Sunday, October 14, 2007

Motorcycles....lots of them

I know how to show a girl a good time; "Fancy a romantic weekend away on the bike dear, stay in a hotel for a change?" I knew one of us would have a good time!

What I had in mind was a 550 plus mile round trip to spend all day at the 'Barber Vintage Motorcycle Museum' in Birmingham Alabama. I'd seen the museum raved about in a bike magazine a year or so ago and regretted not knowing it was there when we passed through Birmingham near the start of this trip, so when I realised we were 'so close' it seemed criminal to miss out again!

The museum is an open plan, five story monolith and holds the largest private collection of bikes in the world with 750 on display at any time and another 350 in the basement either awaiting restoration or space upstairs - they try and rotate through the models every month or so. (Best go back next month then!!!) The guy who owns them is the boss/owner of a large ice cream company and has been collecting for 20 years which is quite some feat considering what he's managed to get hold of.

The display was truly phenomenal with bike ranging from the early 20th century to today with many famous race bikes and one off prototypes and special editions. I'll do my best not to alienate bikers here but I'm sure names like Mike Hailwood, John Surtees, Kenny Roberts and Joey Dunlop will be recognised by most people as masters of the bike racing world; there were the very bikes that these guys had made history on in amongst everyday bikes that were/still are popular with the rest of us. The bike Steve Mc Queen rode in 'The Great Escape' was there as was a replica, (the original was wrecked in the film) of the bike Dennis Hopper rode in the iconic 'Easy Rider'.

There was also plenty of nostalgia for me seeing so many of the bikes I'd grown up drooling over, (including some I'd owned myself over the years) in 'as new' condition; many in fact were actually unused and as old as they were, had zero miles on the clock! I know I couldn't be that disciplined; if I had my own private collection of 1,100 bikes, garaged within the grounds of one of America's best race tracks, (that I also owned) I don't care what the bike's history is, there's no way it would find a place in the museum until I'd taken it for a few laps myself first!
And the ride there and back was pretty good too; six hours across the rolling countryside of Tennessee and Alabama in late summer is as good as any way to spend the day. Despite being mid October, the weather is as warm as an English summer day; cool and fresh in the morning, balmy and hot in the afternoon.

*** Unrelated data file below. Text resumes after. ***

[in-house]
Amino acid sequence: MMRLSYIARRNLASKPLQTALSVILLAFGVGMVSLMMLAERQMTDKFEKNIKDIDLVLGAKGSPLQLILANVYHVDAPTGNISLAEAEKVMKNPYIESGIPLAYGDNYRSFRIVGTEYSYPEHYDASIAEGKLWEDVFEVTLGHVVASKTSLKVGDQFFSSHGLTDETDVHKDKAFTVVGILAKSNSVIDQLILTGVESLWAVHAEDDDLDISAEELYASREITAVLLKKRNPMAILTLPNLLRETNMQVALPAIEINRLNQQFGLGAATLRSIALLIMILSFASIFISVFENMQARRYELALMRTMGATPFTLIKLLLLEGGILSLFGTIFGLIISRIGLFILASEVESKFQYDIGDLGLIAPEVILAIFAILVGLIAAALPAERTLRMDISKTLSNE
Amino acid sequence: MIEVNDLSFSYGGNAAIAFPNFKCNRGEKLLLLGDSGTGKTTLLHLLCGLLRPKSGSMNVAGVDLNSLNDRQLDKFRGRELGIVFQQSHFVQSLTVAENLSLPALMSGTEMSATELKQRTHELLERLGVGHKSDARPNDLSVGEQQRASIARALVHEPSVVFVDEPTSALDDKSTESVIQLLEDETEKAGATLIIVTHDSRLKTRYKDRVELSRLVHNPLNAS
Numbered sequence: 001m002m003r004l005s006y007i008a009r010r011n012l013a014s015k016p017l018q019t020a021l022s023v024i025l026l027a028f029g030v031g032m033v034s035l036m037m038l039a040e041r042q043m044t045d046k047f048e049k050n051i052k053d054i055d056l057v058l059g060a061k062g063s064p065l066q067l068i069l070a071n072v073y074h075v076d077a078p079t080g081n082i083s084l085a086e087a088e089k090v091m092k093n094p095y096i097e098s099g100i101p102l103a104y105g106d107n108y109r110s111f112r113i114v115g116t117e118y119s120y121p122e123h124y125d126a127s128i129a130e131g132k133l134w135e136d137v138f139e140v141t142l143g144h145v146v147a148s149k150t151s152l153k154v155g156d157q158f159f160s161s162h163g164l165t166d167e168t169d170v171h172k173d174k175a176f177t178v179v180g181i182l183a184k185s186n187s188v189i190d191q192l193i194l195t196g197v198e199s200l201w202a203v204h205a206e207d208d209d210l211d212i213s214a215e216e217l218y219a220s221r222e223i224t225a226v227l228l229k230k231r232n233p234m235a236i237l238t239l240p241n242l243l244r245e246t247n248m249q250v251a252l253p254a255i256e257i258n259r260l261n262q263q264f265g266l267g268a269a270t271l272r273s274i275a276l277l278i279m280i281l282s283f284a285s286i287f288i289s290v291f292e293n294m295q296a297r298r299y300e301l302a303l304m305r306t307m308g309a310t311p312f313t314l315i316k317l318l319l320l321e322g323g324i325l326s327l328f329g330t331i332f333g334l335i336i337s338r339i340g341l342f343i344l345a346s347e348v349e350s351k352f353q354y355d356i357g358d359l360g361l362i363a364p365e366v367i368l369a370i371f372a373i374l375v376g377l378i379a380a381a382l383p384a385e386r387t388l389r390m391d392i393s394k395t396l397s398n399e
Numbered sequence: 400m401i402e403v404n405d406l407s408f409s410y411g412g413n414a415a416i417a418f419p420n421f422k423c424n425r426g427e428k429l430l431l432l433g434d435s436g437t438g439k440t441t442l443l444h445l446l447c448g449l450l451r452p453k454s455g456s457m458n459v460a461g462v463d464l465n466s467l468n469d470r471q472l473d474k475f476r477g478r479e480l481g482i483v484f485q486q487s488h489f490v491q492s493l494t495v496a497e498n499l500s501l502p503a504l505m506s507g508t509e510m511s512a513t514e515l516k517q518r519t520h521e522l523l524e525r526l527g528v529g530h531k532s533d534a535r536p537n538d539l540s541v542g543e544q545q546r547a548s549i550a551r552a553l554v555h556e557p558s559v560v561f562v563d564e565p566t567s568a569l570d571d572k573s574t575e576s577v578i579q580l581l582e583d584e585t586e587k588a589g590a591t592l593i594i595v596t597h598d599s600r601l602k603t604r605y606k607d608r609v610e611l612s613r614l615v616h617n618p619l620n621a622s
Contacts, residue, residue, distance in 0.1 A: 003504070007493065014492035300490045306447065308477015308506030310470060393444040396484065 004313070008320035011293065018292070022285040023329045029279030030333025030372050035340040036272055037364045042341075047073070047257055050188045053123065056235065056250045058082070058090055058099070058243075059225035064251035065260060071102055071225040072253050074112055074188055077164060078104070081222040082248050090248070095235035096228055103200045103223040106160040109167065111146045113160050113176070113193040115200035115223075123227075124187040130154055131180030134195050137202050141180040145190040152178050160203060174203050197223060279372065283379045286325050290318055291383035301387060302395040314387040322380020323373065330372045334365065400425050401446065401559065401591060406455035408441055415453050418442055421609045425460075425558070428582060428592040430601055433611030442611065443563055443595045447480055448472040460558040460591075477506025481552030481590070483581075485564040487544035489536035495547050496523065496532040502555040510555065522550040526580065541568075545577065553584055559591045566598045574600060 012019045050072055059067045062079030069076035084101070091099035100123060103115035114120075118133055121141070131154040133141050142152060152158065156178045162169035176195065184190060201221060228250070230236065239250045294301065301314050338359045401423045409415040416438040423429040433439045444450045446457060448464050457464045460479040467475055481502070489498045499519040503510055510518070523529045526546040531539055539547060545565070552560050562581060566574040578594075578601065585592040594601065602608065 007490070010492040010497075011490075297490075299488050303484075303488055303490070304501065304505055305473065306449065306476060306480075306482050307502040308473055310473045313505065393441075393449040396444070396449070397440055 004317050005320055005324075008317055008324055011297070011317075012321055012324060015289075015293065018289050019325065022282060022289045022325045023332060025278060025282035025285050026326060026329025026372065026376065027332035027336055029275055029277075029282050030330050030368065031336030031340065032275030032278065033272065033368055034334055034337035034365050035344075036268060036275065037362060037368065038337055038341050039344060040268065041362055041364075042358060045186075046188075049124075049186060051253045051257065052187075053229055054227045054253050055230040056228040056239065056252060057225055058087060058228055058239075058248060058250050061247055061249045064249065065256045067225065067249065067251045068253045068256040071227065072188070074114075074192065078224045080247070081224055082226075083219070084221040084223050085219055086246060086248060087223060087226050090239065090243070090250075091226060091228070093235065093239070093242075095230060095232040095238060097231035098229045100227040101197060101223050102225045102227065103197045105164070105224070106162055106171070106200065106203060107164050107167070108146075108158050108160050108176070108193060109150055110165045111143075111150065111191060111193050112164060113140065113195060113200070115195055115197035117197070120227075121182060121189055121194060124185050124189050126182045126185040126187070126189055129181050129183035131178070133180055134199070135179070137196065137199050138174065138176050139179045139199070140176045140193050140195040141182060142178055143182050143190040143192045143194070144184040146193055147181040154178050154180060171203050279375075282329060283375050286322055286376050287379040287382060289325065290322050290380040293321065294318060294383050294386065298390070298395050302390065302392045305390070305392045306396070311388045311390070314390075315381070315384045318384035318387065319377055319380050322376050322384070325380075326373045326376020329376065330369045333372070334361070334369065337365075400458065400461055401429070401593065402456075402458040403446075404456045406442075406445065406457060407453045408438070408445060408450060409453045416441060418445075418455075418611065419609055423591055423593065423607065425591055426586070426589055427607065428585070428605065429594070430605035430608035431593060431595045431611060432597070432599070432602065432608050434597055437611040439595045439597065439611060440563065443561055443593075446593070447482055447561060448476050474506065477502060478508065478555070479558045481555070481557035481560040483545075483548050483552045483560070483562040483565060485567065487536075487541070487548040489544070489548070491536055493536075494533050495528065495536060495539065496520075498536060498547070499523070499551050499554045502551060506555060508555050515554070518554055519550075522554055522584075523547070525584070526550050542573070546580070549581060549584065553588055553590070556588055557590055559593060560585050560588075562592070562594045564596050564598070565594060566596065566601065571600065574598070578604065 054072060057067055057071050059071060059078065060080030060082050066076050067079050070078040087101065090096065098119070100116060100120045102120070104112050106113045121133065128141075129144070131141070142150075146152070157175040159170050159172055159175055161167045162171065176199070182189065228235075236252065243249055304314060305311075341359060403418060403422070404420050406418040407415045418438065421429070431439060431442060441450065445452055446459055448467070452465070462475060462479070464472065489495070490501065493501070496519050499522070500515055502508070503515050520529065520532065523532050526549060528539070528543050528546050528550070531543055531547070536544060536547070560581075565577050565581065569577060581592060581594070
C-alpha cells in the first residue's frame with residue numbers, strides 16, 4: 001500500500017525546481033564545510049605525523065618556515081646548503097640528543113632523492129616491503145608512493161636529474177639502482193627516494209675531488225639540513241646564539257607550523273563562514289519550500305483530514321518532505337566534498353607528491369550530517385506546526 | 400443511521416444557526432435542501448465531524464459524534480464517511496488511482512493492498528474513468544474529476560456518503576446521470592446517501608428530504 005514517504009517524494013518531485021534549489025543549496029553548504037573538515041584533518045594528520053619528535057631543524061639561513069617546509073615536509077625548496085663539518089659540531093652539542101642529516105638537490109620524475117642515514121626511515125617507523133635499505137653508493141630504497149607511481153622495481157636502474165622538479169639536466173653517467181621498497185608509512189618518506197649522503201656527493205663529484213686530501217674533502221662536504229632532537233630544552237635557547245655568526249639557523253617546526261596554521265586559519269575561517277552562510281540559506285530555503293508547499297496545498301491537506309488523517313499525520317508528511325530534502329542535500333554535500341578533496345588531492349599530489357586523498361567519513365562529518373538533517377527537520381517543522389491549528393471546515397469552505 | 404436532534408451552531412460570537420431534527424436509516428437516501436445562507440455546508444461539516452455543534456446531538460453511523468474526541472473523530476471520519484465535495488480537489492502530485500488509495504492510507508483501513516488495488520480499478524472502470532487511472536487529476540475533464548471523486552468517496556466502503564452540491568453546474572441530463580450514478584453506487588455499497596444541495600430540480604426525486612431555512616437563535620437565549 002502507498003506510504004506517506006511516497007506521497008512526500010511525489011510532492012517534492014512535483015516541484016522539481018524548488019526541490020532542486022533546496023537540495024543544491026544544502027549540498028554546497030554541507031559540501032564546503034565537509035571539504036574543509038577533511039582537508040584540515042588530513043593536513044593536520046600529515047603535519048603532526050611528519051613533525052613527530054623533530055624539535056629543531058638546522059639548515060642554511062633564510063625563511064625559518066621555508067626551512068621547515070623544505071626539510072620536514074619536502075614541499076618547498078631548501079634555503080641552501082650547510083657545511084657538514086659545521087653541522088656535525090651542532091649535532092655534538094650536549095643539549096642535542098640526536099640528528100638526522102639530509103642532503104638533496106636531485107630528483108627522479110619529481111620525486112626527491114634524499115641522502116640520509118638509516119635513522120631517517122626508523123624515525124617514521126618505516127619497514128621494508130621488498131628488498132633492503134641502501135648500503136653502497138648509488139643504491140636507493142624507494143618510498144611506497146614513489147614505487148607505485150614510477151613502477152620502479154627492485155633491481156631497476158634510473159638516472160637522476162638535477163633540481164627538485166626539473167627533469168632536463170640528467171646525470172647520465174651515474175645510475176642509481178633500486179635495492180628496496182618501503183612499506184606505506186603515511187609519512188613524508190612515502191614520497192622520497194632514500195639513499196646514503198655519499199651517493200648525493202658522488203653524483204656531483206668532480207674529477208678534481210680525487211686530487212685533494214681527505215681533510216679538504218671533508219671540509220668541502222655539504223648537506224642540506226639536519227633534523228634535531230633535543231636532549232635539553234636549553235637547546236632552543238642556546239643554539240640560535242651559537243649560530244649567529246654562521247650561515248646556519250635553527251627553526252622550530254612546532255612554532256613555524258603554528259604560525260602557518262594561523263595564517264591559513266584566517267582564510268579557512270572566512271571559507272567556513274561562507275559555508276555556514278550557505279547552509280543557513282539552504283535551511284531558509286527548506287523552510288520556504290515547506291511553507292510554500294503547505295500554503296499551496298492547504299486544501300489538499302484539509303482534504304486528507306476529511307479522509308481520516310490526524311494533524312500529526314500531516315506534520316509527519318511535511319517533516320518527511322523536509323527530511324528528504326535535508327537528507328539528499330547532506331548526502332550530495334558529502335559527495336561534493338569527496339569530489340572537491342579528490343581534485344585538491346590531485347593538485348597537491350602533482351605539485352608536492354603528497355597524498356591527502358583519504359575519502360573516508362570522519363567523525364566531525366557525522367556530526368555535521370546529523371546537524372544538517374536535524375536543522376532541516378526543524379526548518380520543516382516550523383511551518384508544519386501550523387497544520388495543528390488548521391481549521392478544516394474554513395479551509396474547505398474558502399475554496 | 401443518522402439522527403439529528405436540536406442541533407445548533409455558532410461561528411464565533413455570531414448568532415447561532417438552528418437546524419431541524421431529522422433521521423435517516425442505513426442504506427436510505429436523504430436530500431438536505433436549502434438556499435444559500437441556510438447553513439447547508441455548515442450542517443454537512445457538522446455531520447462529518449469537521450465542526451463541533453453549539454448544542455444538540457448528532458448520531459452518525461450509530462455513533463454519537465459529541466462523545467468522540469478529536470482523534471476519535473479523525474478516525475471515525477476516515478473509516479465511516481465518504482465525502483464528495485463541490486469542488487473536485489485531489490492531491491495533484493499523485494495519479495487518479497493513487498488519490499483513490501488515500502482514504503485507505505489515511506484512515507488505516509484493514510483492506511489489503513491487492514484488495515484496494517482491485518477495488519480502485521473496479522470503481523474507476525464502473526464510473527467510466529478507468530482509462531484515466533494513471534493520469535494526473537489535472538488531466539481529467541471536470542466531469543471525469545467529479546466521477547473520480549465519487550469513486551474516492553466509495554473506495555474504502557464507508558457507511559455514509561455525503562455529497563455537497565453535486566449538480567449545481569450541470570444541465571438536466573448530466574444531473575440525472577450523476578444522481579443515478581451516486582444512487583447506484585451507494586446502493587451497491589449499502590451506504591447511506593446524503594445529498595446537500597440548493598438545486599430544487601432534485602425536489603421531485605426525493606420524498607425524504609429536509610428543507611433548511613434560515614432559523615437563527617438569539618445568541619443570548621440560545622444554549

As for the romance... well we did have the novelty of cable TV to keep us occupied at night!
Ooops, I nearly forgot 'old Jack'; we took a detour to stop in at the Jack Daniels distillery for a tour on our way south to Alabama. Last time we were in Tennessee it was just a brief visit to Memphis to see the home of "The King" (you know, him with the blue suede shoes) and Lynchberg would have been too far out of our way. With hindsight I'm glad we didn't make the trip as Jack Daniels is the only brewery/distillery tour I've eve been on where you don't get a sample!

Believe it or not Moore County, (Lynchburg and therefore the JD distillery is in Moore) is still a dry county left over from the days of prohibition! Old Jack himself bought the rights to the iron free natural spring back before prohibition but was stopped from making whisky for some 30 years; prohibition itself had ended but Moore County stayed dry. Eventually it was agreed that the distillery could open again as it was good for local labour and the economy, and it operated for many years without ever being able to sell it's product locally. Much later, and I already forget the date, a local law was passed to allow the distillery to sell whiskey in its own shop (but still only special edition bottles, not regular retail stuff) although the whole of Moore County is still dry!
The whiskey starts at 140 proof before it gets filtered through 10 ft of charcoal whereby it drops to a mere 90 proof; our very funny and quite mad guide, (either mad or overcome with fumes from all the tours he does) insisted on rattling the (locked down) lids of the filtration drums to let the aroma out - and what a smell it was! As the lone foreigners in the group the guide took an instant (moon?)shine to us and thought it was wonderful we'd come all this way for a distillery tour where we couldn't even get to sample the end result.

Jack Daniels is the largest producer of whiskey in the world and perhaps unsurprisingly the UK is the largest importer; perhaps this was why the guide felt a certain affinity to us! They still make it the same way they did in the beginning from the same underground spring and to assure quality they are the only whiskey producer to make their own wooden barrels and use each one only once - if you buy a barrel which is 240 bottles, you get to keep the barrel and each bottle comes with its personalised embossed medallion. All a pretty good detour for 2 hours spent on a freebie tour with no sampling!!

No comments: